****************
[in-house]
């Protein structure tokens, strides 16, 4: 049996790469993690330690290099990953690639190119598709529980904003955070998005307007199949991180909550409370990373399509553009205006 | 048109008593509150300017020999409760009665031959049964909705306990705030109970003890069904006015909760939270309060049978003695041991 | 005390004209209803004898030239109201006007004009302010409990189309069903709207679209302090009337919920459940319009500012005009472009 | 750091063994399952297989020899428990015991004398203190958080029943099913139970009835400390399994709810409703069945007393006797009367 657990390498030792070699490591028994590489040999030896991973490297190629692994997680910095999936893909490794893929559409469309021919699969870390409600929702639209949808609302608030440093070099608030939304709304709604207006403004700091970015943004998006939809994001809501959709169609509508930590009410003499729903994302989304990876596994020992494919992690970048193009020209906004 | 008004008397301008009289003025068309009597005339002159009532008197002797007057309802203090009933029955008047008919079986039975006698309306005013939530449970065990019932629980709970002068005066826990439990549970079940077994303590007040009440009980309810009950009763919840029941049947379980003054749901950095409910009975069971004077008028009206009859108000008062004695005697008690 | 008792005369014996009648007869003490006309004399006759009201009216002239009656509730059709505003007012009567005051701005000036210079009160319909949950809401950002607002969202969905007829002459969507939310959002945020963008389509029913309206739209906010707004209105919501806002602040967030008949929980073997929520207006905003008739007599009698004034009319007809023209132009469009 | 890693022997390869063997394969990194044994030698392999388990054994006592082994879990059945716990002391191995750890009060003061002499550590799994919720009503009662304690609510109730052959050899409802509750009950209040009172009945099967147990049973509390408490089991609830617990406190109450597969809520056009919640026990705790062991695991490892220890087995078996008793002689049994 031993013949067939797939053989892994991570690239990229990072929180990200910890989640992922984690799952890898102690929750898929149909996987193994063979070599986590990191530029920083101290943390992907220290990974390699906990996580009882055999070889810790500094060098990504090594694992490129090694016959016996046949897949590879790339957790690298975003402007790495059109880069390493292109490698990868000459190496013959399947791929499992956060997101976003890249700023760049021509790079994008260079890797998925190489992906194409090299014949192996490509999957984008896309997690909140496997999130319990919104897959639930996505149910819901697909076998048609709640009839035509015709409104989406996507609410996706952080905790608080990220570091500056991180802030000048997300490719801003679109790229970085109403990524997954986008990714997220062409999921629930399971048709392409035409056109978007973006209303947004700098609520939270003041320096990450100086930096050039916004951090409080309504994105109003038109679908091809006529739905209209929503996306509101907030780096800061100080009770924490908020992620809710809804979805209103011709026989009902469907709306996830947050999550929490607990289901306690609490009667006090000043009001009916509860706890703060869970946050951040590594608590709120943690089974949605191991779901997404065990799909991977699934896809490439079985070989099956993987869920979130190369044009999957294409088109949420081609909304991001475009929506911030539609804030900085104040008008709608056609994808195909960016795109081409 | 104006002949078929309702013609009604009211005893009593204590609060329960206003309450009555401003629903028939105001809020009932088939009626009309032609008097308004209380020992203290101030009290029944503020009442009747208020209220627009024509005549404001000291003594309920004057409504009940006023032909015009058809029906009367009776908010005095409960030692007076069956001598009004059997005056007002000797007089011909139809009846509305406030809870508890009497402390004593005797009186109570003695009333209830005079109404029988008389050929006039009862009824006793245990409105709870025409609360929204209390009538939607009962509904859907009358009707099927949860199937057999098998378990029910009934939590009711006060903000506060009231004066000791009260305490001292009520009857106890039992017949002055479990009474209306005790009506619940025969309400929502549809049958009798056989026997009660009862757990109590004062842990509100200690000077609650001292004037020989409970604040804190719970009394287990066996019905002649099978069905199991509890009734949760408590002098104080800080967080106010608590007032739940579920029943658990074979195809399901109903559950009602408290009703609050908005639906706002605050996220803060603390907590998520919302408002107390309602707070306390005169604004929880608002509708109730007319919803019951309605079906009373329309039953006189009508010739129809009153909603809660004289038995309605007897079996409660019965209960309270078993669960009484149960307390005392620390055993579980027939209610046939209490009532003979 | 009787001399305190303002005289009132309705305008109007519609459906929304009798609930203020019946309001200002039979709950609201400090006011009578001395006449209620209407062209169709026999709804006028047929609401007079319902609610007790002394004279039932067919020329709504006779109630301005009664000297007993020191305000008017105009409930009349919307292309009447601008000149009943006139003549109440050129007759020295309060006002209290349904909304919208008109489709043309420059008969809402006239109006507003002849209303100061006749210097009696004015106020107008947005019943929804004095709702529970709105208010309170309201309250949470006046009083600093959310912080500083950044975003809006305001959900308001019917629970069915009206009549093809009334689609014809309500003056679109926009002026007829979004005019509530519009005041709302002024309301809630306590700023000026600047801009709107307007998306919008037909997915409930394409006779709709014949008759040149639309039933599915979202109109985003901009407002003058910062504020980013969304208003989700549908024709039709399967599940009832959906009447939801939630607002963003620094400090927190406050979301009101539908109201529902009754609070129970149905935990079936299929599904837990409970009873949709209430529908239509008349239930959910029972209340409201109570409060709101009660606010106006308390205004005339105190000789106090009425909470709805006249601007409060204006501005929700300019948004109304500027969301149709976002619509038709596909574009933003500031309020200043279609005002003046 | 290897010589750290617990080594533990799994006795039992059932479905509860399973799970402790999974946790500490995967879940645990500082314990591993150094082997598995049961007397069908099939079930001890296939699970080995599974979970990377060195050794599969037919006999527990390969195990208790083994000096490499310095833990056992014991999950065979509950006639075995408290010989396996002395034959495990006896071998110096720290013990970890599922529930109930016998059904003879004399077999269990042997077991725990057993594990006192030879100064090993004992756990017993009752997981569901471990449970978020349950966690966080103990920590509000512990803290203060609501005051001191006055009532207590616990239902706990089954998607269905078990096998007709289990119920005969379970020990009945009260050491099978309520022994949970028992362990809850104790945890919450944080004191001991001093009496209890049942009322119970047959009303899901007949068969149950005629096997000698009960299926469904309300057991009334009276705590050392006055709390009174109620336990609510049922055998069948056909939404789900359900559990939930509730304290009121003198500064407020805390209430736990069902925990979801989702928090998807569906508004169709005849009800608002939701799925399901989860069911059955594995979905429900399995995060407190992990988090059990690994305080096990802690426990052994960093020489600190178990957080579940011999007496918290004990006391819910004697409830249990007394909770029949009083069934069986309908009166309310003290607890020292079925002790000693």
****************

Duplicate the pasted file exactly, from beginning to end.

[in-house]
């Protein structure tokens, strides 16, 4: 049996790469993690330690290099990953690639190119598709529980904003955070998005307007199949991180909550409370990373399509553009205006 | 048109008593509150300017020999409760009665031959049964909705306990705030109970003890069904006015909760939270309060049978003695041991 | 005390004209209803004898030239109201006007004009302010409990189309069903709207679209302090009337919920459940319009500012005009472009 | 750091063994399952297989020899428990015991004398203190958080029943099913139970009835400390399994709810409703069945007393006797009367 657990390498030792070699490591028994590489040999030896991973490297190629692994997680910095999936893909490794893929559409469309021919699969870390409600929702639209949808609302608030440093070099608030939304709304709604207006403004700091970015943004998006939809994001809501959709169609509508930590009410003499729903994302989304990876596994020992494919992690970048193009020209906004 | 008004008397301008009289003025068309009597005339002159009532008197002797007057309802203090009933029955008047008919079986039975006698309306005013939530449970065990019932629980709970002068005066826990439990549970079940077994303590007040009440009980309810009950009763919840029941049947379980003054749901950095409910009975069971004077008028009206009859108000008062004695005697008690 | 008792005369014996009648007869003490006309004399006759009201009216002239009656509730059709505003007012009567005051701005000036210079009160319909949950809401950002607002969202969905007829002459969507939310959002945020963008389509029913309206739209906010707004209105919501806002602040967030008949929980073997929520207006905003008739007599009698004034009319007809023209132009469009 | 890693022997390869063997394969990194044994030698392999388990054994006592082994879990059945716990002391191995750890009060003061002499550590799994919720009503009662304690609510109730052959050899409802509750009950209040009172009945099967147990049973509390408490089991609830617990406190109450597969809520056009919640026990705790062991695991490892220890087995078996008793002689049994 031993013949067939797939053989892994991570690239990229990072929180990200910890989640992922984690799952890898102690929750898929149909996987193994063979070599986590990191530029920083101290943390992907220290990974390699906990996580009882055999070889810790500094060098990504090594694992490129090694016959016996046949897949590879790339957790690298975003402007790495059109880069390493292109490698990868000459190496013959399947791929499992956060997101976003890249700023760049021509790079994008260079890797998925190489992906194409090299014949192996490509999957984008896309997690909140496997999130319990919104897959639930996505149910819901697909076998048609709640009839035509015709409104989406996507609410996706952080905790608080990220570091500056991180802030000048997300490719801003679109790229970085109403990524997954986008990714997220062409999921629930399971048709392409035409056109978007973006209303947004700098609520939270003041320096990450100086930096050039916004951090409080309504994105109003038109679908091809006529739905209209929503996306509101907030780096800061100080009770924490908020992620809710809804979805209103011709026989009902469907709306996830947050999550929490607990289901306690609490009667006090000043009001009916509860706890703060869970946050951040590594608590709120943690089974949605191991779901997404065990799909991977699934896809490439079985070989099956993987869920979130190369044009999957294409088109949420081609909304991001475009929506911030539609804030900085104040008008709608056609994808195909960016795109081409 | 104006002949078929309702013609009604009211005893009593204590609060329960206003309450009555401003629903028939105001809020009932088939009626009309032609008097308004209380020992203290101030009290029944503020009442009747208020209220627009024509005549404001000291003594309920004057409504009940006023032909015009058809029906009367009776908010005095409960030692007076069956001598009004059997005056007002000797007089011909139809009846509305406030809870508890009497402390004593005797009186109570003695009333209830005079109404029988008389050929006039009862009824006793245990409105709870025409609360929204209390009538939607009962509904859907009358009707099927949860199937057999098998378990029910009934939590009711006060903000506060009231004066000791009260305490001292009520009857106890039992017949002055479990009474209306005790009506619940025969309400929502549809049958009798056989026997009660009862757990109590004062842990509100200690000077609650001292004037020989409970604040804190719970009394287990066996019905002649099978069905199991509890009734949760408590002098104080800080967080106010608590007032739940579920029943658990074979195809399901109903559950009602408290009703609050908005639906706002605050996220803060603390907590998520919302408002107390309602707070306390005169604004929880608002509708109730007319919803019951309605079906009373329309039953006189009508010739129809009153909603809660004289038995309605007897079996409660019965209960309270078993669960009484149960307390005392620390055993579980027939209610046939209490009532003979 | 009787001399305190303002005289009132309705305008109007519609459906929304009798609930203020019946309001200002039979709950609201400090006011009578001395006449209620209407062209169709026999709804006028047929609401007079319902609610007790002394004279039932067919020329709504006779109630301005009664000297007993020191305000008017105009409930009349919307292309009447601008000149009943006139003549109440050129007759020295309060006002209290349904909304919208008109489709043309420059008969809402006239109006507003002849209303100061006749210097009696004015106020107008947005019943929804004095709702529970709105208010309170309201309250949470006046009083600093959310912080500083950044975003809006305001959900308001019917629970069915009206009549093809009334689609014809309500003056679109926009002026007829979004005019509530519009005041709302002024309301809630306590700023000026600047801009709107307007998306919008037909997915409930394409006779709709014949008759040149639309039933599915979202109109985003901009407002003058910062504020980013969304208003989700549908024709039709399967599940009832959906009447939801939630607002963003620094400090927190406050979301009101539908109201529902009754609070129970149905935990079936299929599904837990409970009873949709209430529908239509008349239930959910029972209340409201109570409060709101009660606010106006308390205004005339105190000789106090009425909470709805006249601007409060204006501005929700300019948004109304500027969301149709976002619509038709596909574009933003500031309020200043279609005002003046 | 290897010589750290617990080594533990799994006795039992059932479905509860399973799970402790999974946790500490995967879940645990500082314990591993150094082997598995049961007397069908099939079930001890296939699970080995599974979970990377060195050794599969037919006999527990390969195990208790083994000096490499310095833990056992014991999950065979509950006639075995408290010989396996002395034959495990006896071998110096720290013990970890599922529930109930016998059904003879004399077999269990042997077991725990057993594990006192030879100064090993004992756990017993009752997981569901471990449970978020349950966690966080103990920590509000512990803290203060609501005051001191006055009532207590616990239902706990089954998607269905078990096998007709289990119920005969379970020990009945009260050491099978309520022994949970028992362990809850104790945890919450944080004191001991001093009496209890049942009322119970047959009303899901007949068969149950005629096997000698009960299926469904309300057991009334009276705590050392006055709390009174109620336990609510049922055998069948056909939404789900359900559990939930509730304290009121003198500064407020805390209430736990069902925990979801989702928090998807569906508004169709005849009800608002939701799925399901989860069911059955594995979905429900399995995060407190992990988090059990690994305080096990802690426990052994960093020489600190178990957080579940011999007496918290004990006391819910004697409830249990007394909770029949009083069934069986309908009166309310003290607890020292079925002790000693």